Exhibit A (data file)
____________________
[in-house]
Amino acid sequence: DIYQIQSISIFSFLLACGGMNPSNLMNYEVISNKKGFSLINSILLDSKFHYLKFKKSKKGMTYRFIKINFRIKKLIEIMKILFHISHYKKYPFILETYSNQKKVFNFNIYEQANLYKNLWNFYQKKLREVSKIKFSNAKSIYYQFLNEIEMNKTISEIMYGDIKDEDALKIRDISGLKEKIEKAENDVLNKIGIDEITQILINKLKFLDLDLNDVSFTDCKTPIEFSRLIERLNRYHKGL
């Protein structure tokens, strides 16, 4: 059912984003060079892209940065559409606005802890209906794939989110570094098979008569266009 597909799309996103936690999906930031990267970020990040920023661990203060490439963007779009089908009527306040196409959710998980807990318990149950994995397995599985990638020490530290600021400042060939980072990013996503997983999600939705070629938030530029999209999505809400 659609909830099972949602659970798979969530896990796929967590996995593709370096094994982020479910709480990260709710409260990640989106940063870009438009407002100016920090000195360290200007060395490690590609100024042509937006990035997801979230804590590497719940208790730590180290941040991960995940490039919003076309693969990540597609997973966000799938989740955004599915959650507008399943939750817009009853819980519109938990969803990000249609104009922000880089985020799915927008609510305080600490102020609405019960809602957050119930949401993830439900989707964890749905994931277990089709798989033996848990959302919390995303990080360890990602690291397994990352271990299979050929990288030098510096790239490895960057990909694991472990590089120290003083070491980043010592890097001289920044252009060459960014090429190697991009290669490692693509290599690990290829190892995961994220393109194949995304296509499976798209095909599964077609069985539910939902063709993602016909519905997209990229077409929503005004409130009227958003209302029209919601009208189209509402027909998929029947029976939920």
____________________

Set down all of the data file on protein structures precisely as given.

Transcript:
[in-house]
Amino acid sequence: DIYQIQSISIFSFLLACGGMNPSNLMNYEVISNKKGFSLINSILLDSKFHYLKFKKSKKGMTYRFIKINFRIKKLIEIMKILFHISHYKKYPFILETYSNQKKVFNFNIYEQANLYKNLWNFYQKKLREVSKIKFSNAKSIYYQFLNEIEMNKTISEIMYGDIKDEDALKIRDISGLKEKIEKAENDVLNKIGIDEITQILINKLKFLDLDLNDVSFTDCKTPIEFSRLIERLNRYHKGL
């Protein structure tokens, strides 16, 4: 059912984003060079892209940065559409606005802890209906794939989110570094098979008569266009 597909799309996103936690999906930031990267970020990040920023661990203060490439963007779009089908009527306040196409959710998980807990318990149950994995397995599985990638020490530290600021400042060939980072990013996503997983999600939705070629938030530029999209999505809400 659609909830099972949602659970798979969530896990796929967590996995593709370096094994982020479910709480990260709710409260990640989106940063870009438009407002100016920090000195360290200007060395490690590609100024042509937006990035997801979230804590590497719940208790730590180290941040991960995940490039919003076309693969990540597609997973966000799938989740955004599915959650507008399943939750817009009853819980519109938990969803990000249609104009922000880089985020799915927008609510305080600490102020609405019960809602957050119930949401993830439900989707964890749905994931277990089709798989033996848990959302919390995303990080360890990602690291397994990352271990299979050929990288030098510096790239490895960057990909694991472990590089120290003083070491980043010592890097001289920044252009060459960014090429190697991009290669490692693509290599690990290829190892995961994220393109194949995304296509499976798209095909599964077609069985539910939902063709993602016909519905997209990229077409929503005004409130009227958003209302029209919601009208189209509402027909998929029947029976939920």